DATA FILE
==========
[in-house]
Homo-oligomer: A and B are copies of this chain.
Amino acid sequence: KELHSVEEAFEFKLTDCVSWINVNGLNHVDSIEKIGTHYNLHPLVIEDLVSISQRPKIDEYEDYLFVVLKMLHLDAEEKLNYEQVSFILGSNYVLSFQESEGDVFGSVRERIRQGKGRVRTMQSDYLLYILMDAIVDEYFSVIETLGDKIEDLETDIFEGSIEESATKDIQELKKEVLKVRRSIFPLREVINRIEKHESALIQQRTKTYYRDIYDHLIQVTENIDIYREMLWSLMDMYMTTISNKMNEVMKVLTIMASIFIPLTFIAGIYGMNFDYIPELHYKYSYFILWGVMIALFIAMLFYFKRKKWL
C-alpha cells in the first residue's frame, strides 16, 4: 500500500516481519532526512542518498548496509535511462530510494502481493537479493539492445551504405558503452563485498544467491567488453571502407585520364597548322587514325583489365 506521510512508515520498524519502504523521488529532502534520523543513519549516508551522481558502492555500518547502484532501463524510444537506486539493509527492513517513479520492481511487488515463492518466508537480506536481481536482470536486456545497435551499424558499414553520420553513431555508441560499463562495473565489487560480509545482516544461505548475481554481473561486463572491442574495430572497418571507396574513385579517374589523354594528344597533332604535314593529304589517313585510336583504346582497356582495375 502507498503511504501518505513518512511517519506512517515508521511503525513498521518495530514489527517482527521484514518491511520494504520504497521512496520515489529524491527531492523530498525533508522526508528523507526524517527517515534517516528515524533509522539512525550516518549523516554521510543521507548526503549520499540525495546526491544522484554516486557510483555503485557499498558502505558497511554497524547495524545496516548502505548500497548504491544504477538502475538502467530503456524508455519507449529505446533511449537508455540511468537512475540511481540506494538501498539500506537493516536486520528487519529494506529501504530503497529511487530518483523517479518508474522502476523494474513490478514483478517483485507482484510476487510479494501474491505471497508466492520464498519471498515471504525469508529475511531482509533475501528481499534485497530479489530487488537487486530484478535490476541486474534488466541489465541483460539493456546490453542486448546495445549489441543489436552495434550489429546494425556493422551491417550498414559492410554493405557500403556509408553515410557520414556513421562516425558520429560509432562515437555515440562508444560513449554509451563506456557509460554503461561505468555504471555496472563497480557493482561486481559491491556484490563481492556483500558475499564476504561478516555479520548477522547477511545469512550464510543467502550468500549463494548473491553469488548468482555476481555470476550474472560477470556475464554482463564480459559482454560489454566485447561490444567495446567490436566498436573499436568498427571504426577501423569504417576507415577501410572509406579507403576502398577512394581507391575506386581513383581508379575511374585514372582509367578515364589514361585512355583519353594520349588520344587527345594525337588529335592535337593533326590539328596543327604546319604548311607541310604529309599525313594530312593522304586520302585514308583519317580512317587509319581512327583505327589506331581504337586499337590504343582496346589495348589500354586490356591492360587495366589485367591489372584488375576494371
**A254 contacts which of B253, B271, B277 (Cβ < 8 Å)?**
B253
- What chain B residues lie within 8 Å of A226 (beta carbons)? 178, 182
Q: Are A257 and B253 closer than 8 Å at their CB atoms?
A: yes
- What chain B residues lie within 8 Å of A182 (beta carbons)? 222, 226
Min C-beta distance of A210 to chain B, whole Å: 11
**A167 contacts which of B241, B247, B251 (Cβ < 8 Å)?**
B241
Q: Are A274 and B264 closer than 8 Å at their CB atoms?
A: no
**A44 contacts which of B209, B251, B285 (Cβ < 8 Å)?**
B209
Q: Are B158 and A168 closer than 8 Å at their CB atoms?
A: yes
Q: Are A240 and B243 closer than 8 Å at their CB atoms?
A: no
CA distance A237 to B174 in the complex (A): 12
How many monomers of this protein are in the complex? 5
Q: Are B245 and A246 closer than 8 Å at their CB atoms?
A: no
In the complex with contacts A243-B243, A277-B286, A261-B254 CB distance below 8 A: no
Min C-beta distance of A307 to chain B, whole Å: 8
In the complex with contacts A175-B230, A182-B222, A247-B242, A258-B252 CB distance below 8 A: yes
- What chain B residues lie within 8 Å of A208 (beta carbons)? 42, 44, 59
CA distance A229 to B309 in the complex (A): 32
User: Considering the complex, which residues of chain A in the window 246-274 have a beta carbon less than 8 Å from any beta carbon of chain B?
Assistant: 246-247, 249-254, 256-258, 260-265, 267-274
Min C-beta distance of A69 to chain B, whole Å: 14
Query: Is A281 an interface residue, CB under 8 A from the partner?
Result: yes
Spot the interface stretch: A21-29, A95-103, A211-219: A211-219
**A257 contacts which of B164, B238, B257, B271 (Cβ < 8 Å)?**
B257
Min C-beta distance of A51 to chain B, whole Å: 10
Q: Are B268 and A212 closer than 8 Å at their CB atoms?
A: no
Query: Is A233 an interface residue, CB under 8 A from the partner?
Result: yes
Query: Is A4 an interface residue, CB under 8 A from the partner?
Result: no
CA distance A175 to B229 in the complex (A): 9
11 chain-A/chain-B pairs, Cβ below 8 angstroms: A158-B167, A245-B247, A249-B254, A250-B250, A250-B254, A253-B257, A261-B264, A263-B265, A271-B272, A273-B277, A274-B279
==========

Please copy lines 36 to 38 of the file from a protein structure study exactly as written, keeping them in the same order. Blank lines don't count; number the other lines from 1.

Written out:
Spot the interface stretch: A21-29, A95-103, A211-219: A211-219
**A257 contacts which of B164, B238, B257, B271 (Cβ < 8 Å)?**
B257